Development in Guènté Paté by Ian Collins
As a Geography & Development student, I’ve always been taught there’s no one concise solution for the development issues faced by communities throughout the world. This has never been made clearer than during my week in Guènté Paté. Life in a midsized village, three hours off of the Route Nationale is full of challenges and opportunities. Issues of accessibility can be found throughout the community. The village health post is overworked, and the roads are underserviced. Despite these and other challenges, development and improvement were very much on the minds of many people I met. With the help of my Peace Corps host, I was able to ask people their thoughts on development issues, and no one was short on opinions. Better roads, a more equipped health post, and improved agricultural equipment were all common responses. After spending a month learning about development from a major urban center, being able to see how development is perceived in rural parts of the country was an enriching experience: one necessary for kindling a holistic understanding of development.
One of the most fascinating parts of the visit was observing the high level of community engagement. From being introduced to everyone in town, to passing hours at the soccer pitch, to making soap with thirty people, every moment in the village was steeped in community. The people with whom I interacted were all deeply invested in seeing their community flourish. As much as economic development and capital were valued, social capital seemed to hold a place of premier importance throughout the village. All the conversations I participated in were saturated with jokes and handshakes. Word spread quickly around town anytime something notable happened: be it market stalls sustaining damage in a storm or a certain American student getting sick...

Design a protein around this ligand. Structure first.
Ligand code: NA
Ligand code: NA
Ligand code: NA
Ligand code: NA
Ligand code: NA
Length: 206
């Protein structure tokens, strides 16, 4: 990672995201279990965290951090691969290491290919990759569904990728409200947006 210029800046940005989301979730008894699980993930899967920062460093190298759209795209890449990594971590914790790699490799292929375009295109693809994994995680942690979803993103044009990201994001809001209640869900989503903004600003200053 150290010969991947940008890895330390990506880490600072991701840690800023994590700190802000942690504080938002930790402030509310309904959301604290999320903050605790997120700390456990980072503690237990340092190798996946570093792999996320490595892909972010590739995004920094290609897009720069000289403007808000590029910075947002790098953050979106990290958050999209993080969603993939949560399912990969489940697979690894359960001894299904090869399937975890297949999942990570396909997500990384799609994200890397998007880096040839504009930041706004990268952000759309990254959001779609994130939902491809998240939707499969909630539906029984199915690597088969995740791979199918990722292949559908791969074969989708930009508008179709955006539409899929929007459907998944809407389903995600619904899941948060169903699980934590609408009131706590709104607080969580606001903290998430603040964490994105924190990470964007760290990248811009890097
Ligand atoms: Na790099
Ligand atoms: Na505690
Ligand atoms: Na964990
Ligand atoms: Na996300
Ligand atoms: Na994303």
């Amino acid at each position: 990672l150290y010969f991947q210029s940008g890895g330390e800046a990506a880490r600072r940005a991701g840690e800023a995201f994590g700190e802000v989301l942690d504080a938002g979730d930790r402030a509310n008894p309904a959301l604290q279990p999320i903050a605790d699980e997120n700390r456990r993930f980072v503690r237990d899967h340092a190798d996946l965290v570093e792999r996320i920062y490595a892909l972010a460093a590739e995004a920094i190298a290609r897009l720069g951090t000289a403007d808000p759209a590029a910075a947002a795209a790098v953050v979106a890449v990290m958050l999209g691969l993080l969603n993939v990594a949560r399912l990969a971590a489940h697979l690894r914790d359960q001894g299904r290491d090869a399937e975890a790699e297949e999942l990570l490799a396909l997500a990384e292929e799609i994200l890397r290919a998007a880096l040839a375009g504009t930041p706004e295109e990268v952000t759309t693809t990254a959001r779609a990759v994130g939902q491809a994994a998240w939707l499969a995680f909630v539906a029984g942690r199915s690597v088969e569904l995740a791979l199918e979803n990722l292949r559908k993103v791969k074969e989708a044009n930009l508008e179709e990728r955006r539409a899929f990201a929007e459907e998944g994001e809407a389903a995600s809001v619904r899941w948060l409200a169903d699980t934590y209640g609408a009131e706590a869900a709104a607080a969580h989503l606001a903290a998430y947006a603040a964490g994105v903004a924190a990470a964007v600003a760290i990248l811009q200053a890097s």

Despite my minor illness during the week, it was without a doubt one of the most enriching week I’ve experienced. Never before have I been able to witness community development on such an intimate scale. Reading about development certainly gave me a good sense of the topic, but books don’t compare to being on site and asking local leaders what development means to them and their community.
My one week in rural Senegal furthered my understanding of Geography & Development more than many semester classes could. Even though I’m still full of burning questions, my sense of the world has certainly… developed.